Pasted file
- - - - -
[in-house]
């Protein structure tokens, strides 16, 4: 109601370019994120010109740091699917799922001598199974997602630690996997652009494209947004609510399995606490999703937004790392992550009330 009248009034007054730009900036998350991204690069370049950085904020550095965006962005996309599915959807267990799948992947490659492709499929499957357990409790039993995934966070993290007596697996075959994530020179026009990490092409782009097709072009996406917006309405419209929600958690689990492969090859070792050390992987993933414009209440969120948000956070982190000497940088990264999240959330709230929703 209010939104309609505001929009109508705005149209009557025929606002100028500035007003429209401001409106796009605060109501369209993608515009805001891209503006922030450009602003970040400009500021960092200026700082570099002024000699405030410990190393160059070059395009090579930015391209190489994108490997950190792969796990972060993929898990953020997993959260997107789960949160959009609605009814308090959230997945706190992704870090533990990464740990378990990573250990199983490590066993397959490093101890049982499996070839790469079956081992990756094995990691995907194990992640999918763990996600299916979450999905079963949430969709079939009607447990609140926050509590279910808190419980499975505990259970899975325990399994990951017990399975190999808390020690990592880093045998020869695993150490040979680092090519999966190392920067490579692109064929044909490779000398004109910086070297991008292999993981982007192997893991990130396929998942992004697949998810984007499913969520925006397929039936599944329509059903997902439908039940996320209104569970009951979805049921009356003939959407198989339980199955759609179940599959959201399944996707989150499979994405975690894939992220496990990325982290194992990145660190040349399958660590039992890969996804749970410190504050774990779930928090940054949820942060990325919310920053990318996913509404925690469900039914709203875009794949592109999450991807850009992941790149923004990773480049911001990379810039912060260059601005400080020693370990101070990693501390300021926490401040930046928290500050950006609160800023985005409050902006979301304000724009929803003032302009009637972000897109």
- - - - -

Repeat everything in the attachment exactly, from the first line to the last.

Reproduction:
[in-house]
């Protein structure tokens, strides 16, 4: 109601370019994120010109740091699917799922001598199974997602630690996997652009494209947004609510399995606490999703937004790392992550009330 009248009034007054730009900036998350991204690069370049950085904020550095965006962005996309599915959807267990799948992947490659492709499929499957357990409790039993995934966070993290007596697996075959994530020179026009990490092409782009097709072009996406917006309405419209929600958690689990492969090859070792050390992987993933414009209440969120948000956070982190000497940088990264999240959330709230929703 209010939104309609505001929009109508705005149209009557025929606002100028500035007003429209401001409106796009605060109501369209993608515009805001891209503006922030450009602003970040400009500021960092200026700082570099002024000699405030410990190393160059070059395009090579930015391209190489994108490997950190792969796990972060993929898990953020997993959260997107789960949160959009609605009814308090959230997945706190992704870090533990990464740990378990990573250990199983490590066993397959490093101890049982499996070839790469079956081992990756094995990691995907194990992640999918763990996600299916979450999905079963949430969709079939009607447990609140926050509590279910808190419980499975505990259970899975325990399994990951017990399975190999808390020690990592880093045998020869695993150490040979680092090519999966190392920067490579692109064929044909490779000398004109910086070297991008292999993981982007192997893991990130396929998942992004697949998810984007499913969520925006397929039936599944329509059903997902439908039940996320209104569970009951979805049921009356003939959407198989339980199955759609179940599959959201399944996707989150499979994405975690894939992220496990990325982290194992990145660190040349399958660590039992890969996804749970410190504050774990779930928090940054949820942060990325919310920053990318996913509404925690469900039914709203875009794949592109999450991807850009992941790149923004990773480049911001990379810039912060260059601005400080020693370990101070990693501390300021926490401040930046928290500050950006609160800023985005409050902006979301304000724009929803003032302009009637972000897109």